New Year’s Resolutions

The end of a year is a time for reflection.  We, as God’s people, are instructed to make self-examination.  Paul wrote, “Examine yourselves as to whether you are in the faith.  Test yourselves…” (2 Corinthians 13:5).  He again wrote, “Let each one examine his own work…” (Galatians 6:4). Brutally honest self-examination may be uncomfortable to do, but it can be beneficial.

The end of a year is also a time to set goals.  Christians should not stagnate.  Unless we have become as perfect as Christ (and we have not), then we all still have room for growth.


(1) Let us determine to grow in our knowledge.  New converts need to grow.  Peter wrote, “as newborn babes, desire the sincere milk of the word, that you may grow thereby” (1 Peter 2:2).  Let us decide to read the Bible.  If we will read just one New Testament chapter per day, we will complete the New Testament in about nine months.  If we will read three chapters of the Old Testament per day, we will complete the Old Testament in about eleven months.  It is not just new converts, but all of us need to “grow in the grace and knowledge of our Lord and Savior Jesus Christ” (2 Peter 2:18).  Those no longer babes should study deeply, feeding on meat, and not milk (1 Corinthians 3:2; Hebrews 5:12-14).  “More about Jesus would I know, More of His grace to others show; More of His saving fullness see, More of His love who died for me… More about Jesus let me learn, more of His holy will discern; Spirit of God, my teacher be, Showing the things of Christ to me… More about Jesus in His word, Holding communion with my Lord; Hearing His voice in every line, Making each faithful saying mine…” (Song: More About Jesus by E.E. Hewitt).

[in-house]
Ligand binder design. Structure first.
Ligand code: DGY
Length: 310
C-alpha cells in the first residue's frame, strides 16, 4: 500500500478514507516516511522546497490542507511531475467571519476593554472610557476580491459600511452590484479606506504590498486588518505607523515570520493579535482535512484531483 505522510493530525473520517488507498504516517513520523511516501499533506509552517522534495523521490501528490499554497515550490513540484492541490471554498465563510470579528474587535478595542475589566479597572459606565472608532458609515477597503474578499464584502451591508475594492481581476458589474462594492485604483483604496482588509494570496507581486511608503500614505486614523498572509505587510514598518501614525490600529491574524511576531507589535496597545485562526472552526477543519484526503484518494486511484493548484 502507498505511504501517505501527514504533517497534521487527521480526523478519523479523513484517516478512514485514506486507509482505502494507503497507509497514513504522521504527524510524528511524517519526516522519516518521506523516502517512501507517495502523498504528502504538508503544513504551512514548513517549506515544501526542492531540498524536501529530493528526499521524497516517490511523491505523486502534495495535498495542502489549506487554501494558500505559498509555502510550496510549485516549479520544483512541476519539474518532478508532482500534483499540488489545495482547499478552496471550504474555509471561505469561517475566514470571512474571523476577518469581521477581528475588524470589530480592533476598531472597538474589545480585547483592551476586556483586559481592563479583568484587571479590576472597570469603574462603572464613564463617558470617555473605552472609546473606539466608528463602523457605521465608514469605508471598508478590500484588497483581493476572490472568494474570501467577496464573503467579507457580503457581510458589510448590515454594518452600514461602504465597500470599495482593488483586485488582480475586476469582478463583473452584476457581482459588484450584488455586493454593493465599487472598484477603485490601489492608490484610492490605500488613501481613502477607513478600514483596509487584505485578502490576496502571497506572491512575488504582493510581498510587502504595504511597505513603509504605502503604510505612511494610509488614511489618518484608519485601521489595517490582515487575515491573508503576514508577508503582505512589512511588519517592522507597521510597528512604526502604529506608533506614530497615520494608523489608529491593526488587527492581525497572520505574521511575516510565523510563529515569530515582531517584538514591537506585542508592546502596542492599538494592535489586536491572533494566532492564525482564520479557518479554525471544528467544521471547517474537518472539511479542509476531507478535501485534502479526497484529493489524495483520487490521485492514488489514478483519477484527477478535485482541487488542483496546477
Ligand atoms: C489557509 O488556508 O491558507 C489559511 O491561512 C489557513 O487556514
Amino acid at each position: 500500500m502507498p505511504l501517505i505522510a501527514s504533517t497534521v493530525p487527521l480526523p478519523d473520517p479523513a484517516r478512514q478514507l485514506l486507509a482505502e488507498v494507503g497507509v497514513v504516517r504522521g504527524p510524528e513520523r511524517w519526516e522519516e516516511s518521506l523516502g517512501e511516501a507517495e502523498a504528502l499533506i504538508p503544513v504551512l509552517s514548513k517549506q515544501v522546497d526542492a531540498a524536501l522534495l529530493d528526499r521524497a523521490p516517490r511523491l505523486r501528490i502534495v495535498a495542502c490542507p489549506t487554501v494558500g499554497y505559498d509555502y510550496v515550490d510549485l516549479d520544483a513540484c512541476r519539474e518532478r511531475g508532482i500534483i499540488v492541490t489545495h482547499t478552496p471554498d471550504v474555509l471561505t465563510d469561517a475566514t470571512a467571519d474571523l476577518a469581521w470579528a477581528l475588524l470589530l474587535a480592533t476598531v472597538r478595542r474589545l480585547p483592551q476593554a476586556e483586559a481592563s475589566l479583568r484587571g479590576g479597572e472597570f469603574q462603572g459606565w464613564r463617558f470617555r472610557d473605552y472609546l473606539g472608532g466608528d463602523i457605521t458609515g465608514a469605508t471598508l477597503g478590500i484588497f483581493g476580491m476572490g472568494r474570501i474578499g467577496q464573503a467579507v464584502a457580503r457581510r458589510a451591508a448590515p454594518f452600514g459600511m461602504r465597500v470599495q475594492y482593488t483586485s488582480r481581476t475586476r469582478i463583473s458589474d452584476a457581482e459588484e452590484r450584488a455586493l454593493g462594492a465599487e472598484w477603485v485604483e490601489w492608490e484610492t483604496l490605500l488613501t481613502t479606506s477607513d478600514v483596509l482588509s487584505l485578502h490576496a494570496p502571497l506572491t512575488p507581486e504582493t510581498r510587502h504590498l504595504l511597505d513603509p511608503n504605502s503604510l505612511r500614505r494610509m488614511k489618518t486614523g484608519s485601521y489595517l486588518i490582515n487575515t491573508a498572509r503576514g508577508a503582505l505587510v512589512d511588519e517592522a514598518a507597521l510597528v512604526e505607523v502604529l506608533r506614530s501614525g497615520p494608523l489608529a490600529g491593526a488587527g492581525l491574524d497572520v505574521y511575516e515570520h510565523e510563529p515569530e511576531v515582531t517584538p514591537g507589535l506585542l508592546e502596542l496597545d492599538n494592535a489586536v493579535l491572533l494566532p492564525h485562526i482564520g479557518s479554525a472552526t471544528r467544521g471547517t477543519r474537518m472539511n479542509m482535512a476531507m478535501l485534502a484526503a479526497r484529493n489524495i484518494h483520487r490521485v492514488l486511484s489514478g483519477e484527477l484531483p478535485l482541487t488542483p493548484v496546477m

(2) Let us determine to grow in faith.  The Bible speaks of little faith (Matthew 6:30; 8:26; 14:31; 16:8) and great faith (Matthew 8:10; 15:28).  It speaks of weak faith (Romans 4:19) and strong faith (Romans 4:20).  It speaks of great boldness in the faith (1 Timothy 3:13).  Paul commanded the brethren at Thessalonica saying, “Your faith grows exceedingly” (2 Thessalonians 1:3).  Biblical faith comes by hearing the word of God (Romans 10:17).  Let’s feed upon God’s word daily, put it into practice, and grow in faith.

(3) Let’s determine to grow in love.  Paul wrote to the brethren at Thessalonica, “But concerning brotherly love you have no need that I should write to you, for you yourselves are taught by God to love one another, and indeed you do so toward all the brethren who are in Macedonia.  But we urge you, brethren, that you increase more and more” (1 Thessalonians 4:9-10).  Later, he commended them saying, “the love of every one of you all abounds toward each” (2 Thessalonians 1:3).  May we determine to be a loving people, a loving church.